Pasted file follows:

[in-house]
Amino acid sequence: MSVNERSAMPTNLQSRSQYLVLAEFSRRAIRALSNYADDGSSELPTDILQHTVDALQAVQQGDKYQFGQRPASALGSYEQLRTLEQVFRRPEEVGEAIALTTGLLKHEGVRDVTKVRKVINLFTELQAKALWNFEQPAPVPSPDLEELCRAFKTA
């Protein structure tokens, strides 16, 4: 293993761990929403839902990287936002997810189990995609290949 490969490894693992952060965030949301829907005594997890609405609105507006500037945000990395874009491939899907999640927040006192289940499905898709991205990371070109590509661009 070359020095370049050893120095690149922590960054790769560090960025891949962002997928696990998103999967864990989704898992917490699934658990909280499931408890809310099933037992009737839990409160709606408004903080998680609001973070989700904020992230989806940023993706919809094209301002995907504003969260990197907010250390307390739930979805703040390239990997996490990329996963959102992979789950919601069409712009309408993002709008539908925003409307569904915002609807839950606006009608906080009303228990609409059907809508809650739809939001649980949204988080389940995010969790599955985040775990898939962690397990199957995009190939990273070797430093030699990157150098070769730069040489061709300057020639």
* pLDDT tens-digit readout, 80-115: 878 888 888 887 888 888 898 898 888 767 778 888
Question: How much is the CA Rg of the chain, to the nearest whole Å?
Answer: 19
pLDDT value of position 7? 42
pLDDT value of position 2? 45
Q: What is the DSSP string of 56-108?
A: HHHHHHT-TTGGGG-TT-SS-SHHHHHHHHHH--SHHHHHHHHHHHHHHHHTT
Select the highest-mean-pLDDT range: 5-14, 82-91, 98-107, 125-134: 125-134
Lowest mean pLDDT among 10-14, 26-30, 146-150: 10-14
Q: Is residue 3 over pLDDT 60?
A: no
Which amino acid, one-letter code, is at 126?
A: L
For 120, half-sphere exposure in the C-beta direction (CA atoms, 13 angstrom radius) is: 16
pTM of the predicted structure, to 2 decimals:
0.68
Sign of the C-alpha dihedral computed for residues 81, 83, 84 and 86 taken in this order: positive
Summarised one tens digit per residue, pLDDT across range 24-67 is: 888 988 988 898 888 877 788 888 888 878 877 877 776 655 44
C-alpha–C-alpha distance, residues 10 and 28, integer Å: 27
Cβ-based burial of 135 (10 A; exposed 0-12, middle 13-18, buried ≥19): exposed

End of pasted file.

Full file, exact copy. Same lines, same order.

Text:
[in-house]
Amino acid sequence: MSVNERSAMPTNLQSRSQYLVLAEFSRRAIRALSNYADDGSSELPTDILQHTVDALQAVQQGDKYQFGQRPASALGSYEQLRTLEQVFRRPEEVGEAIALTTGLLKHEGVRDVTKVRKVINLFTELQAKALWNFEQPAPVPSPDLEELCRAFKTA
């Protein structure tokens, strides 16, 4: 293993761990929403839902990287936002997810189990995609290949 490969490894693992952060965030949301829907005594997890609405609105507006500037945000990395874009491939899907999640927040006192289940499905898709991205990371070109590509661009 070359020095370049050893120095690149922590960054790769560090960025891949962002997928696990998103999967864990989704898992917490699934658990909280499931408890809310099933037992009737839990409160709606408004903080998680609001973070989700904020992230989806940023993706919809094209301002995907504003969260990197907010250390307390739930979805703040390239990997996490990329996963959102992979789950919601069409712009309408993002709008539908925003409307569904915002609807839950606006009608906080009303228990609409059907809508809650739809939001649980949204988080389940995010969790599955985040775990898939962690397990199957995009190939990273070797430093030699990157150098070769730069040489061709300057020639």
* pLDDT tens-digit readout, 80-115: 878 888 888 887 888 888 898 898 888 767 778 888
Question: How much is the CA Rg of the chain, to the nearest whole Å?
Answer: 19
pLDDT value of position 7? 42
pLDDT value of position 2? 45
Q: What is the DSSP string of 56-108?
A: HHHHHHT-TTGGGG-TT-SS-SHHHHHHHHHH--SHHHHHHHHHHHHHHHHTT
Select the highest-mean-pLDDT range: 5-14, 82-91, 98-107, 125-134: 125-134
Lowest mean pLDDT among 10-14, 26-30, 146-150: 10-14
Q: Is residue 3 over pLDDT 60?
A: no
Which amino acid, one-letter code, is at 126?
A: L
For 120, half-sphere exposure in the C-beta direction (CA atoms, 13 angstrom radius) is: 16
pTM of the predicted structure, to 2 decimals:
0.68
Sign of the C-alpha dihedral computed for residues 81, 83, 84 and 86 taken in this order: positive
Summarised one tens digit per residue, pLDDT across range 24-67 is: 888 988 988 898 888 877 788 888 888 878 877 877 776 655 44
C-alpha–C-alpha distance, residues 10 and 28, integer Å: 27
Cβ-based burial of 135 (10 A; exposed 0-12, middle 13-18, buried ≥19): exposed